Our results agree with the results of the trials conducted by Pryor et al.  and Meyhoff et al.  in that perioperative hyperoxia was not effective in reducing SSIs. PsqO2 is typically lower than the PaO2 level by a factor of two to four. As might be expected, tissue oxygenation improves much less than arterial oxygen in response to supplemental oxygen administration. Sternal wound oxygenation increased by an average of 4 mm Hg (from 23 to 27 mm Hg) with supplemental oxygen at 50% .
The data from prior studies [4, 5], as well as the present results, leads us to question our policy to routinely administer a high inspired oxygen fraction to cardiac surgery patients in order to prevent SSIs. In summary, the PaO2 in adult cardiac surgery patients is not related to SSI rate. The strategy of administering supplemental inspired oxygen to reduce the incidence of SSIs does not appear to be clinically useful.
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The authors declare that they have no competing interests.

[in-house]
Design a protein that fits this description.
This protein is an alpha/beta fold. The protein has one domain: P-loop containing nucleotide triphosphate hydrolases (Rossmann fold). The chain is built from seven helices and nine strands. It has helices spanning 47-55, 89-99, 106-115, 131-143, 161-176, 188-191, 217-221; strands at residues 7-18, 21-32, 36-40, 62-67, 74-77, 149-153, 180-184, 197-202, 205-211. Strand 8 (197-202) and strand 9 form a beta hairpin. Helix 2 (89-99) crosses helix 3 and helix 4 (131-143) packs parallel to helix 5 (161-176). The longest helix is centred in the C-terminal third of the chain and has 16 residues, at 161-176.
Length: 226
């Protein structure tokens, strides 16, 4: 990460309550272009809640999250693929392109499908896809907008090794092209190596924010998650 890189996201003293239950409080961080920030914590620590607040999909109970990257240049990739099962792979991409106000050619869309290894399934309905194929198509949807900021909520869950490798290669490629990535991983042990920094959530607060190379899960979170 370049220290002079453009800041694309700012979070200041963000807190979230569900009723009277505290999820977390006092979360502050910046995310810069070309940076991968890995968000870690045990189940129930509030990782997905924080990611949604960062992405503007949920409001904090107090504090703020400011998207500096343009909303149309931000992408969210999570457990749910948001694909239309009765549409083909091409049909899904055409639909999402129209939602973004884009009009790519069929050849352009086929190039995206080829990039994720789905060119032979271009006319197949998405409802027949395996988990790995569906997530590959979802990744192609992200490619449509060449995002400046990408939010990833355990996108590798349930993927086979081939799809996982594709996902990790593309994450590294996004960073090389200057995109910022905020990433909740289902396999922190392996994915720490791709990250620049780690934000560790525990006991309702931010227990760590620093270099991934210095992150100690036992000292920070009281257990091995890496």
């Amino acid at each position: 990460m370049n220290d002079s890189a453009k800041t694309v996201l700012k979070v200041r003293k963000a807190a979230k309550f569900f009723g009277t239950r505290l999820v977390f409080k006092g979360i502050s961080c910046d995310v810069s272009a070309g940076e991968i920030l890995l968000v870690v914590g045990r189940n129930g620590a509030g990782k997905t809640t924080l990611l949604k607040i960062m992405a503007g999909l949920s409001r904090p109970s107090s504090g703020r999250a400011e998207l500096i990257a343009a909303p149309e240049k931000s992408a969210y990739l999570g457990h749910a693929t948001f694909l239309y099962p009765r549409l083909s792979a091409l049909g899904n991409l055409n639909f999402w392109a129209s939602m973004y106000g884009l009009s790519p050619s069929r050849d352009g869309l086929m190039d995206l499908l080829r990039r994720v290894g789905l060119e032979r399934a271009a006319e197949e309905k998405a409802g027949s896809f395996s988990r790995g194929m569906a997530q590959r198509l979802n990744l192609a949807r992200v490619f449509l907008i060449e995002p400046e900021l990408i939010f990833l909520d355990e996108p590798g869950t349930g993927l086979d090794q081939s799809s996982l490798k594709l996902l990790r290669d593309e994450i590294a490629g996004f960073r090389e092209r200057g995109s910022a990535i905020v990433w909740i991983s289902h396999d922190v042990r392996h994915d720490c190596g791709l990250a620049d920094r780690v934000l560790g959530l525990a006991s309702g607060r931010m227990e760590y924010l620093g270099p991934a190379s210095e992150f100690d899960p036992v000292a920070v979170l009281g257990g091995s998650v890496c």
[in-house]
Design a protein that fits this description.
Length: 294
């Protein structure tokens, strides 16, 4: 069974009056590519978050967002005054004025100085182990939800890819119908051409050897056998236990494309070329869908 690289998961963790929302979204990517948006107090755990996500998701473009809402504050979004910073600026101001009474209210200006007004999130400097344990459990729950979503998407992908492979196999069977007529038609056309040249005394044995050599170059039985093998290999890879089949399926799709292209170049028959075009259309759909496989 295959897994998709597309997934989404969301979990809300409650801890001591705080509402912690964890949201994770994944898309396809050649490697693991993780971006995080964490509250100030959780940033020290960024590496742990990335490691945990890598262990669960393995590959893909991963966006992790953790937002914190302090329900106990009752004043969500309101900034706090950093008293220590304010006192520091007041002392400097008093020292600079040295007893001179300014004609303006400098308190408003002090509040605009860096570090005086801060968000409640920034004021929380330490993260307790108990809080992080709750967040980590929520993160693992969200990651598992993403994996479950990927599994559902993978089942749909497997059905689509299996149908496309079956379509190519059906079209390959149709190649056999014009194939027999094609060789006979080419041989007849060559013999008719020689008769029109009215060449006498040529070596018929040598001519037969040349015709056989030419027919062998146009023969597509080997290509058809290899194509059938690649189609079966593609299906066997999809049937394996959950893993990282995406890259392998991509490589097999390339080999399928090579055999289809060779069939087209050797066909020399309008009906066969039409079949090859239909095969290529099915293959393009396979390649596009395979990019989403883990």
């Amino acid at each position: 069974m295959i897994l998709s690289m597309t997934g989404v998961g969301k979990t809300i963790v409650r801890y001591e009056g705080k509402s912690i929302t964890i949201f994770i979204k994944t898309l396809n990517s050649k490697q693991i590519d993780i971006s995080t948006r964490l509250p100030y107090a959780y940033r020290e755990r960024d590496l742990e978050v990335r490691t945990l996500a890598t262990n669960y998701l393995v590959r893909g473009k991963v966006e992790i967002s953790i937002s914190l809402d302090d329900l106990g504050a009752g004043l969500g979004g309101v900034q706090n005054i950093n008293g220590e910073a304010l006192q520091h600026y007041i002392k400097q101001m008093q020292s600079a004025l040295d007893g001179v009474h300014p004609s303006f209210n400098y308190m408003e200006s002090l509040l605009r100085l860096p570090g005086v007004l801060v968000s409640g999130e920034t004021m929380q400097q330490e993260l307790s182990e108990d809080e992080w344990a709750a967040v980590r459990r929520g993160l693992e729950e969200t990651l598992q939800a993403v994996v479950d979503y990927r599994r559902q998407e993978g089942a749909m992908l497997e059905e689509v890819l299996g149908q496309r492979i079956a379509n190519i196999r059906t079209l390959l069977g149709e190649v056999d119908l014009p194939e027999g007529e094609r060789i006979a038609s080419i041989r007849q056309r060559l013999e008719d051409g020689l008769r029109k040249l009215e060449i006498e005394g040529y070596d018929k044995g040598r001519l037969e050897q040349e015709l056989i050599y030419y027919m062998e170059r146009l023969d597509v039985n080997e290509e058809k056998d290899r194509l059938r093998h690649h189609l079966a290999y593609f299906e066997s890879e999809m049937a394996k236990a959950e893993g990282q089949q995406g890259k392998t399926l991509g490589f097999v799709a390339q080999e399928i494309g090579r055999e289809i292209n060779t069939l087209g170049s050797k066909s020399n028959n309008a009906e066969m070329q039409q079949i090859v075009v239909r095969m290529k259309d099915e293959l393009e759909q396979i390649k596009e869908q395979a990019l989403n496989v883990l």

JB and ET had full access to all of the study data and takes responsibility for the integrity of the data and the accuracy of the data analysis. Both authors contributed equally to the study. Study concept and design: ET, JB, FJA, IGC, JIGH. Data acquisition: JB, ET, FJA, IGC, IF, JIGH. Analysis and interpretation of data: ET, IF, SF, FJA, IGC, JB, JIGH. Drafting of the manuscript: ET, FJA, IGC, JB, JIGH. Critical revision of the manuscript for important intellectual content: ET, FJA, IGC, JB, JIGH Administrative, technical, or material support: ET, FJA, IF, IGC, JB, JIGH. Study supervision: ET, SF, FJA, IGC, JB, JIGH.
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Bustamante, J., Tamayo, E., Álvarez, F.J. et al. Intraoperative PaO2 is not related to the development of surgical site infections after major cardiac surgery. J Cardiothorac Surg 6, 4 (2011). https://doi.org/10.1186/1749-8090-6-4